Peter's full question: That is great. So I wanted to go back to some of the contents within the book. I think one of the things that underpins it is this idea of simple versus complex, complicated or chaotic systems. For somebody who doesn’t have background in that, could you just give us a brief overview of what the types of systems are and how and where software development fits within that?
Sure, according to science there are basically three types of systems, the ordered ones are the ones that we construct, like cars or machines, but most pieces of software are ordered systems, we know exactly how they behave. The chaotic ones that are totally unpredictable like a double pendulum, or the three body problem as the physicists call it, the stock markets have chaotic behaviors otherwise all of us will be making lot of money but nobody predicts how they are going to behave. But in the middle are the complex ones, those are the most interesting as far as I’m concerned, they are the cities, the immune system, the brain, software development teams, etc. So I believe, me and many others, Agile addresses software development as a complex problem recognizing that the software team is a complex system, not an ordered one, not a chaotic one we hope, but a complex one, and that is why the practices are always about complex adaptive systems.
8. So when you look at managing a complex adaptive system, what are some of the basic principles, the high-level dos and don’ts, the things that just fundamentally don’t work in a complex system compared to an ordered system?
Well I always like comparing it with gardening as one of the few metaphors that I use. A gardener takes care of a complex system: the garden, and puts a fence around it to define where the boundary is, makes nutrition available to make sure that what can grow, can grow healthily and rapidly, remove all the weeds anything that not does add value, that just takes energy away from the useful stuff that has to be removed, call it removing impediments in Scrum. Yes, sometimes you might have to make sure that some plants are positioned elsewhere from other plants because they don’t grow together well - these are the structural issues of an organization. And that’s it, that’s what a gardener does.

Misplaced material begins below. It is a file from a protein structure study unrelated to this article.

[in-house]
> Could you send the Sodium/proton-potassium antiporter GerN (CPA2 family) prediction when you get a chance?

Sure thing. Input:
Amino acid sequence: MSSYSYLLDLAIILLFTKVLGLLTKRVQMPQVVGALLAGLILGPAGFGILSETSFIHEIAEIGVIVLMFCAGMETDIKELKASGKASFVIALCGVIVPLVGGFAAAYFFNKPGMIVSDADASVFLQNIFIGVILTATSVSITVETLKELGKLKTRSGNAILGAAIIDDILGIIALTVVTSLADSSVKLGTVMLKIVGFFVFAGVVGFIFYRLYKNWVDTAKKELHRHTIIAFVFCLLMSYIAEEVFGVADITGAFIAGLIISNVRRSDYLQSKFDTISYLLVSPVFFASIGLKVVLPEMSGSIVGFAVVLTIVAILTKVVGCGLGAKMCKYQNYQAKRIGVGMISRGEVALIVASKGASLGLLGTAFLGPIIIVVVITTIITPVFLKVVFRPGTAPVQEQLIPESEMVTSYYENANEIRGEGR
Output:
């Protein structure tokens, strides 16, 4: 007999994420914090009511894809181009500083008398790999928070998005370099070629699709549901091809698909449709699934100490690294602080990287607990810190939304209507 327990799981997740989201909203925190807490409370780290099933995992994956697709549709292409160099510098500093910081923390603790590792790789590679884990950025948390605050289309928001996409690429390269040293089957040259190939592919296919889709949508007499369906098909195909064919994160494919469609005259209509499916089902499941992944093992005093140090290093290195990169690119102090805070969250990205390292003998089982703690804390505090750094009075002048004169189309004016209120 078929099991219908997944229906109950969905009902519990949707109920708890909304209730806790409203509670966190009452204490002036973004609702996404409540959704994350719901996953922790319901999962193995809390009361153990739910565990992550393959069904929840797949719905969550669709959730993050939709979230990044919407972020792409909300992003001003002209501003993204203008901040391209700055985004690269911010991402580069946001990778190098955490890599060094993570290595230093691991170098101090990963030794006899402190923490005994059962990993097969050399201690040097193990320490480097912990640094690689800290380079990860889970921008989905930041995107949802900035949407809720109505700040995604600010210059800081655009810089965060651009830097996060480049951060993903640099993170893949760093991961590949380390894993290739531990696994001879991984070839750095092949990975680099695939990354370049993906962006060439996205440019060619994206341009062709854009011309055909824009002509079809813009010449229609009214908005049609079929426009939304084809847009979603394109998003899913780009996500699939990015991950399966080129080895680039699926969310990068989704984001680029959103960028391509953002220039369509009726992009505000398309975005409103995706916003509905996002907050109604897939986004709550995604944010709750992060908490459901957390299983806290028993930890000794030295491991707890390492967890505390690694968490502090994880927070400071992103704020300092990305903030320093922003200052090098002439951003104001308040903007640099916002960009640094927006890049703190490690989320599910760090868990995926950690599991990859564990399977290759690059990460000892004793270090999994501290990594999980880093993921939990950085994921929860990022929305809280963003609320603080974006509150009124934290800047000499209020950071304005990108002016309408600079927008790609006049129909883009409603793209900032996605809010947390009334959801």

There are a lot of gardening tools if you want to have a beautiful garden, that is a lot of work going in to managing that complex system, but we have to recognize that it is a system that is alive, and the growing is done by itself, you don’t shout to the plants “Grow, grow, grow!” - That doesn’t help. Unfortunately this is often how managers perceive their responsibility for managing organizations, they simply shout to the developers: “Write more code, go faster!”, but that doesn’t work, they have to work within constraints, and the nutrition to make sure that growth happens.
Peter's full question: So something else you talk about in the book is this whole idea of innovation, and one of the challenges I think that organizations find is the balance between repeatability and innovation. A lot of organizations are trying to minimize variability or, as I sometimes put it, remove learning from the organization because the way to get no variability is to have no learning. How do you, in practice when you are developing software projects, balance between knowing when you are going to be done, but still having the space to innovate within a project lifecycle?
Good question, sometimes I get feedback from Scrum teams that tell me that they feel like they are the slaves of the product owner, they simply do sprints after sprints, feature after feature, what the product owner demands of them, and they feel there is a little innovation or experimentation going on. But what I’ve learned from Complexity Science, is that are basically three forms of innovation and survival of systems in complex environments, one is anticipation, is trying to predict the future. Actually human beings are quite good at that, because Daniel Dennett, the philosopher called the human brain an anticipation device and that is how we cheat nature basically. But human beings got addicted to it, we do far too much anticipation, so Agile has thought “We have to cut down a little bit, we have to do more adaptation responding to change, we anticipate the next sprint and then we respond to any changes.”
So those are the first two, anticipate and adapt, but what people often forget is that there is a third, which is experimentation, that is not anticipating because we have no idea of what is going to happen, is also not adapting because nobody is requiring you to build something. It is simply trying things for the sake of trying. Many Scrum teams have no capacity for experimentation; it’s not planned to experiment, while people like Donald Reinertsen for example, say that we learn most when we experiment, when we do not know what the outcome is, of something that we are going to do. So we have to make capacity available for experimentation - that is always my message to scrum teams: do some experimentation, do not just anticipate and adapt.